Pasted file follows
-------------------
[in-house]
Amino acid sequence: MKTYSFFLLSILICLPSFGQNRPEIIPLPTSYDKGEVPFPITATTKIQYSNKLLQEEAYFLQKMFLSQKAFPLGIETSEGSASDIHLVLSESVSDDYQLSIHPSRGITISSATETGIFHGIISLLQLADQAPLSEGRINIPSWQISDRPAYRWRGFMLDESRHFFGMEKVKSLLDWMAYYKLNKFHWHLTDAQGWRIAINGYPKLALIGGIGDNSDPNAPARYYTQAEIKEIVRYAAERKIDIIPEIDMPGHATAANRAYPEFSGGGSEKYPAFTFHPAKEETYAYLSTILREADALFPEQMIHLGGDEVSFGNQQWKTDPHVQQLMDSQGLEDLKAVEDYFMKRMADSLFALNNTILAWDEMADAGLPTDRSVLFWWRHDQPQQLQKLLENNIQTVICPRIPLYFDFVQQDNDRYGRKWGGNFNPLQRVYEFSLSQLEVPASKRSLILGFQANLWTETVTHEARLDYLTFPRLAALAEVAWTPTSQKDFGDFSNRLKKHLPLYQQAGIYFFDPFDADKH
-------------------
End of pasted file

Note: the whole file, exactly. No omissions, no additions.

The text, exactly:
[in-house]
Amino acid sequence: MKTYSFFLLSILICLPSFGQNRPEIIPLPTSYDKGEVPFPITATTKIQYSNKLLQEEAYFLQKMFLSQKAFPLGIETSEGSASDIHLVLSESVSDDYQLSIHPSRGITISSATETGIFHGIISLLQLADQAPLSEGRINIPSWQISDRPAYRWRGFMLDESRHFFGMEKVKSLLDWMAYYKLNKFHWHLTDAQGWRIAINGYPKLALIGGIGDNSDPNAPARYYTQAEIKEIVRYAAERKIDIIPEIDMPGHATAANRAYPEFSGGGSEKYPAFTFHPAKEETYAYLSTILREADALFPEQMIHLGGDEVSFGNQQWKTDPHVQQLMDSQGLEDLKAVEDYFMKRMADSLFALNNTILAWDEMADAGLPTDRSVLFWWRHDQPQQLQKLLENNIQTVICPRIPLYFDFVQQDNDRYGRKWGGNFNPLQRVYEFSLSQLEVPASKRSLILGFQANLWTETVTHEARLDYLTFPRLAALAEVAWTPTSQKDFGDFSNRLKKHLPLYQQAGIYFFDPFDADKH